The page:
B.B. King song
"Rock Me Baby" is a medium-tempo twelve-bar blues notated in the key of C in common or 4/4 time. In addition to King's vocal and guitar, the song features a "tight, punchy arrangement underpinned by a pianist whose identity is in some doubt". Kent part-owner Joe Bihari recalled the pianist as King's frequent collaborator Maxwell Davis, although others have been suggested, such as Lloyd Glenn and Jimmy McCracklin. The arrangement "provides a blues structure that allows King room for biting guitar work" and appealed to many guitarists.
There is some confusion as to when B.B. King recorded "Rock Me Baby". Although King had signed to ABC-Paramount Records in January 14, 1962, his former label, Kent Records, continued to release singles (and albums) well into the 1970s from "many unreleased King masters ... thus forcing King to compete with himself". Recording dates have been estimated as "about 1958" to before 1962. The song was released shortly after King's Paramount release "How Blue Can You Get" in 1964 and reached number 34 in the Billboard Hot 100. "Rock Me Baby" was the first of six B.B. King records to reach the pop Top 40. In 1997, King re-recorded the song with Eric Clapton for the album Deuces Wild.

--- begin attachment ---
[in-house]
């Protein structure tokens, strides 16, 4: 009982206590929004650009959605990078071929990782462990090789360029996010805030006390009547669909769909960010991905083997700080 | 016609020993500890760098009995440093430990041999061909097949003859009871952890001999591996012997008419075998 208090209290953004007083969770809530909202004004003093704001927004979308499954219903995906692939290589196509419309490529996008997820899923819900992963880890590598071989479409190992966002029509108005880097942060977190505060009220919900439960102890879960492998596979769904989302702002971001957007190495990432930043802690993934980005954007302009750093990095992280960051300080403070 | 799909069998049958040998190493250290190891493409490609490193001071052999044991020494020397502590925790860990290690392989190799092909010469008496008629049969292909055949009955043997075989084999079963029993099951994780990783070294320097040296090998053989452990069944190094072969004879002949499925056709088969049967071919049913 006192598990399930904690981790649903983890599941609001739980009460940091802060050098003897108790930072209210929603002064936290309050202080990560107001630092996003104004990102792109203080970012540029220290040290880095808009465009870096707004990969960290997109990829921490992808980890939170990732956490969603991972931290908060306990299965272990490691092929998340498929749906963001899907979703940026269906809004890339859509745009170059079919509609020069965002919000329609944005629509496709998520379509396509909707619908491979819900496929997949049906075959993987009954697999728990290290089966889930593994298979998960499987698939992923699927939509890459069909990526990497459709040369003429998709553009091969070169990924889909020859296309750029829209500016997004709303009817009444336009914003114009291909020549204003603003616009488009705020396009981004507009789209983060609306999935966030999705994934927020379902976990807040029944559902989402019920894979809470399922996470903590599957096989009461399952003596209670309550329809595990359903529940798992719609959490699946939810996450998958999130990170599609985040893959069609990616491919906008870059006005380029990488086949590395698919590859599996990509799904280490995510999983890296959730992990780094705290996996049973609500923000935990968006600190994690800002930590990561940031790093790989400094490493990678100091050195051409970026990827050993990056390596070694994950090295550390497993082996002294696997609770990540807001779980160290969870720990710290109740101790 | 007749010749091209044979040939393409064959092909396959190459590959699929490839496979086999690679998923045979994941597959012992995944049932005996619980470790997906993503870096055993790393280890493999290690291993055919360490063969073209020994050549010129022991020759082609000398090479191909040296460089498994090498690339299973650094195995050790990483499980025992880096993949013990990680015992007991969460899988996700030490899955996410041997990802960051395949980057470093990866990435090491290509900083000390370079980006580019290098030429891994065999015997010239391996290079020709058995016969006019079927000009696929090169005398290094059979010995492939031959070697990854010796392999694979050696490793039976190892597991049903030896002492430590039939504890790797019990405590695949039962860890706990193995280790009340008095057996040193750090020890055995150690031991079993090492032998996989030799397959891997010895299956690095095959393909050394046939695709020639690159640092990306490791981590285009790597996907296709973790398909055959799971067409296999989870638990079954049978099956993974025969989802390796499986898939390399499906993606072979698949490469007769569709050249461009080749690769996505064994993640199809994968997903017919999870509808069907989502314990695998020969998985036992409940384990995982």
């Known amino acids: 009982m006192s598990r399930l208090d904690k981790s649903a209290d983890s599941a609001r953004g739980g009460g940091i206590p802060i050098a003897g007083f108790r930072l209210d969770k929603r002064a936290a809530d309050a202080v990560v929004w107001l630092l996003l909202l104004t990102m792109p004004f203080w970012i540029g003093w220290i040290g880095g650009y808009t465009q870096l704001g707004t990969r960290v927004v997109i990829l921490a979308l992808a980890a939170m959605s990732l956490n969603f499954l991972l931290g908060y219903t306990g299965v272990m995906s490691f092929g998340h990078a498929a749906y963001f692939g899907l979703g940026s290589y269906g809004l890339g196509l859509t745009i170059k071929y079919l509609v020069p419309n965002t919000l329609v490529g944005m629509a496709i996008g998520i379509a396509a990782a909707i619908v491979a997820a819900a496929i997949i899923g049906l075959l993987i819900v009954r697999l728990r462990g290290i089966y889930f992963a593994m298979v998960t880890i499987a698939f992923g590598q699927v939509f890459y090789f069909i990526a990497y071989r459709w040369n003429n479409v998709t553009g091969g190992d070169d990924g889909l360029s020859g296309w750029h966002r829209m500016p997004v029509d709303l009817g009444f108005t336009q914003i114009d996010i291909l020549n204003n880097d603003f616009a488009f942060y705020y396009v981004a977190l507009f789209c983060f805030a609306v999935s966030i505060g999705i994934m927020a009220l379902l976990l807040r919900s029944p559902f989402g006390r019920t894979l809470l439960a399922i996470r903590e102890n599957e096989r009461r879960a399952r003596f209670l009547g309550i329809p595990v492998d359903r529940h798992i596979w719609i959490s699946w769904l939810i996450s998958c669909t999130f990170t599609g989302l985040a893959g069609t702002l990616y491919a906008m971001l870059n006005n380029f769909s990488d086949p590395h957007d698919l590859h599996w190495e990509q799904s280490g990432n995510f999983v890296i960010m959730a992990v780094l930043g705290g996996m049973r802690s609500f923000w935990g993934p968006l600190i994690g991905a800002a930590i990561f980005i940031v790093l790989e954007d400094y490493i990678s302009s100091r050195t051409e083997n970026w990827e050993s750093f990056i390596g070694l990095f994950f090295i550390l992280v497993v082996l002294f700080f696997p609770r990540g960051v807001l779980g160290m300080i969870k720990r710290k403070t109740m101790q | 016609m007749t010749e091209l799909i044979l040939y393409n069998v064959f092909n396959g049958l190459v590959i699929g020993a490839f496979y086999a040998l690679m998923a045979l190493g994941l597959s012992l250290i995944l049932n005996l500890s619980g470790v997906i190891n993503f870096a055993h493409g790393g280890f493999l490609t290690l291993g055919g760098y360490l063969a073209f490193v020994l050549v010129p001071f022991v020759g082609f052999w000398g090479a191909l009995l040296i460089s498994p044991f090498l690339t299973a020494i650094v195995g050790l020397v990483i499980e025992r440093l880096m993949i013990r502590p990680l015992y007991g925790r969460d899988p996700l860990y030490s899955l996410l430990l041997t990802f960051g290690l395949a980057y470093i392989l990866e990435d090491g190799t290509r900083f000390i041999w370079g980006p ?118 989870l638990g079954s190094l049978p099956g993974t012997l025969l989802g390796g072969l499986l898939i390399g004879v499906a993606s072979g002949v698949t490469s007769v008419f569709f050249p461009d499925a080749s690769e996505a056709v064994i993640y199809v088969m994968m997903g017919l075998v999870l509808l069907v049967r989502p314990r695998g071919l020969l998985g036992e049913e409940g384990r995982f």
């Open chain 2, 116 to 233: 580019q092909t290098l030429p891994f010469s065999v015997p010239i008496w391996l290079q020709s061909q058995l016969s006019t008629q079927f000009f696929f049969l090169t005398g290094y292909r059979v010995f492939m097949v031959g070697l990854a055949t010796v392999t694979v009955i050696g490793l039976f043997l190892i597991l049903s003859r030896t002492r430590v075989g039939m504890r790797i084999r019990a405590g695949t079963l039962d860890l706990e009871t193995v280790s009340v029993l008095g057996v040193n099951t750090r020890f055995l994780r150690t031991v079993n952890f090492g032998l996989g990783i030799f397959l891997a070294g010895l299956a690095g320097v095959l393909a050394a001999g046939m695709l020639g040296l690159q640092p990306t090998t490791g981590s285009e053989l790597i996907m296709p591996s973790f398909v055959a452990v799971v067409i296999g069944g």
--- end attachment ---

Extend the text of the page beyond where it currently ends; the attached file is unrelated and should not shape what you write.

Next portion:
Recordings by other artists
Over the years, many blues and other artists have interpreted and recorded "Rock Me Baby". Although "most contemporary versions are based on Lil' Son Jackson's 1951 record, 'Rockin' and Rollin'", "B.B. King and Muddy Waters can share credit for making it one of the most familiar blues songs of all time."
Some studio versions include Otis Redding from Otis Blue: Otis Redding Sings Soul (1965), the Animals from Animalism (1966), Jeff Beck as "Rock My Plimsoul" from the Truth album with slightly altered lyrics (1968), Slim Harpo in his Tip On In album (1968, also with altered lyrics), Blue Cheer from Vincebus Eruptum (1968), Lightnin' Hopkins from Lightnin', Vol. 1 (1969), Ike & Tina Turner from Outta Season (1969), Lee Michaels from 5th (1973), Robin Trower from Twice Removed from Yesterday (1973), Johnny Winter from Still Alive and Well (1973), Frank Marino & Mahogany Rush from What's Next (1980), Hot Tuna from Historic Hot Tuna (1985), Tina Turner from What's Love Got to Do With It (1993), Pappo from Buscando un Amor (2003), and Steve Miller Band from Bingo! (2010).